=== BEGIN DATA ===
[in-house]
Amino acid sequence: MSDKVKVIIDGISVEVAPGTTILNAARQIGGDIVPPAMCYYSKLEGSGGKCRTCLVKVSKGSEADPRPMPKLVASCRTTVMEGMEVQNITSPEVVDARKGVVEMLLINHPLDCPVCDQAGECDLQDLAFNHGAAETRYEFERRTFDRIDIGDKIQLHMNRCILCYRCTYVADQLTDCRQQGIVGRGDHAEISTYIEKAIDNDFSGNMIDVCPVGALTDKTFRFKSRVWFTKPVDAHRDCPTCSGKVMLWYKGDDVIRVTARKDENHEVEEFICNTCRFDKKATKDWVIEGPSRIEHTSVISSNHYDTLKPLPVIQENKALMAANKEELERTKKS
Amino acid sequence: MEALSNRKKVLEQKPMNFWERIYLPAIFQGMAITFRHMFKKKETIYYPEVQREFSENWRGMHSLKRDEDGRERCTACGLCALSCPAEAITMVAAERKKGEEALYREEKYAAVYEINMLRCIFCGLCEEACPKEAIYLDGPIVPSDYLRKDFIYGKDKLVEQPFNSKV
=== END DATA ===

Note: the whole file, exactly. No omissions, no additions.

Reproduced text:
[in-house]
Amino acid sequence: MSDKVKVIIDGISVEVAPGTTILNAARQIGGDIVPPAMCYYSKLEGSGGKCRTCLVKVSKGSEADPRPMPKLVASCRTTVMEGMEVQNITSPEVVDARKGVVEMLLINHPLDCPVCDQAGECDLQDLAFNHGAAETRYEFERRTFDRIDIGDKIQLHMNRCILCYRCTYVADQLTDCRQQGIVGRGDHAEISTYIEKAIDNDFSGNMIDVCPVGALTDKTFRFKSRVWFTKPVDAHRDCPTCSGKVMLWYKGDDVIRVTARKDENHEVEEFICNTCRFDKKATKDWVIEGPSRIEHTSVISSNHYDTLKPLPVIQENKALMAANKEELERTKKS
Amino acid sequence: MEALSNRKKVLEQKPMNFWERIYLPAIFQGMAITFRHMFKKKETIYYPEVQREFSENWRGMHSLKRDEDGRERCTACGLCALSCPAEAITMVAAERKKGEEALYREEKYAAVYEINMLRCIFCGLCEEACPKEAIYLDGPIVPSDYLRKDFIYGKDKLVEQPFNSKV